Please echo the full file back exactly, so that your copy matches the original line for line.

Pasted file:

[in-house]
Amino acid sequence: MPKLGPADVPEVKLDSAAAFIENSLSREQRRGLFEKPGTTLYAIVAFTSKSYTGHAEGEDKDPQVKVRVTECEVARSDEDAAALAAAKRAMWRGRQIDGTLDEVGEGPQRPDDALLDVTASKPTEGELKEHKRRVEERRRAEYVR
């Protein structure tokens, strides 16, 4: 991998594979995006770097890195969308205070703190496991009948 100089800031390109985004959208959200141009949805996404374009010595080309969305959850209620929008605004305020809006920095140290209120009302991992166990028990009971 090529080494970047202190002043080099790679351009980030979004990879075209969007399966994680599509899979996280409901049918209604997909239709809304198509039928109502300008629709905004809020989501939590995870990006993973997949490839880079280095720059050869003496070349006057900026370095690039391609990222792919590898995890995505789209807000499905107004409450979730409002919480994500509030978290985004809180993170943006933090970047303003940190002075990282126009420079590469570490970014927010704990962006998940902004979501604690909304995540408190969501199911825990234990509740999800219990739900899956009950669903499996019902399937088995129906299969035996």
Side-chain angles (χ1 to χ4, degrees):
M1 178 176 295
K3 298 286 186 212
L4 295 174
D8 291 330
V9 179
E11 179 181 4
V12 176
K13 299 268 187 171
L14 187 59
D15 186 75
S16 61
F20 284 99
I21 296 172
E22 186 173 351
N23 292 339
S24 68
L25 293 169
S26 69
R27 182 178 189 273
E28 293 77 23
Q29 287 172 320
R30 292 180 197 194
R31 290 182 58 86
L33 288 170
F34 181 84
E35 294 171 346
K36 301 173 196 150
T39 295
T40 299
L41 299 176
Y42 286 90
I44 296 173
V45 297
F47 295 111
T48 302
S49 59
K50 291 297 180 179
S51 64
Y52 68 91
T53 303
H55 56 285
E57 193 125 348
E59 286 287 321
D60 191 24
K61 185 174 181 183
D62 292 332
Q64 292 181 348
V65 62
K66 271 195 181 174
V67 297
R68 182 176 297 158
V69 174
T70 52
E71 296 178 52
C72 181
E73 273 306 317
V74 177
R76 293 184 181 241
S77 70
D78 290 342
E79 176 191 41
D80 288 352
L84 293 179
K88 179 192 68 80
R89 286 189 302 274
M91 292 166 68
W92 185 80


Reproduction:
[in-house]
Amino acid sequence: MPKLGPADVPEVKLDSAAAFIENSLSREQRRGLFEKPGTTLYAIVAFTSKSYTGHAEGEDKDPQVKVRVTECEVARSDEDAAALAAAKRAMWRGRQIDGTLDEVGEGPQRPDDALLDVTASKPTEGELKEHKRRVEERRRAEYVR
């Protein structure tokens, strides 16, 4: 991998594979995006770097890195969308205070703190496991009948 100089800031390109985004959208959200141009949805996404374009010595080309969305959850209620929008605004305020809006920095140290209120009302991992166990028990009971 090529080494970047202190002043080099790679351009980030979004990879075209969007399966994680599509899979996280409901049918209604997909239709809304198509039928109502300008629709905004809020989501939590995870990006993973997949490839880079280095720059050869003496070349006057900026370095690039391609990222792919590898995890995505789209807000499905107004409450979730409002919480994500509030978290985004809180993170943006933090970047303003940190002075990282126009420079590469570490970014927010704990962006998940902004979501604690909304995540408190969501199911825990234990509740999800219990739900899956009950669903499996019902399937088995129906299969035996």
Side-chain angles (χ1 to χ4, degrees):
M1 178 176 295
K3 298 286 186 212
L4 295 174
D8 291 330
V9 179
E11 179 181 4
V12 176
K13 299 268 187 171
L14 187 59
D15 186 75
S16 61
F20 284 99
I21 296 172
E22 186 173 351
N23 292 339
S24 68
L25 293 169
S26 69
R27 182 178 189 273
E28 293 77 23
Q29 287 172 320
R30 292 180 197 194
R31 290 182 58 86
L33 288 170
F34 181 84
E35 294 171 346
K36 301 173 196 150
T39 295
T40 299
L41 299 176
Y42 286 90
I44 296 173
V45 297
F47 295 111
T48 302
S49 59
K50 291 297 180 179
S51 64
Y52 68 91
T53 303
H55 56 285
E57 193 125 348
E59 286 287 321
D60 191 24
K61 185 174 181 183
D62 292 332
Q64 292 181 348
V65 62
K66 271 195 181 174
V67 297
R68 182 176 297 158
V69 174
T70 52
E71 296 178 52
C72 181
E73 273 306 317
V74 177
R76 293 184 181 241
S77 70
D78 290 342
E79 176 191 41
D80 288 352
L84 293 179
K88 179 192 68 80
R89 286 189 302 274
M91 292 166 68
W92 185 80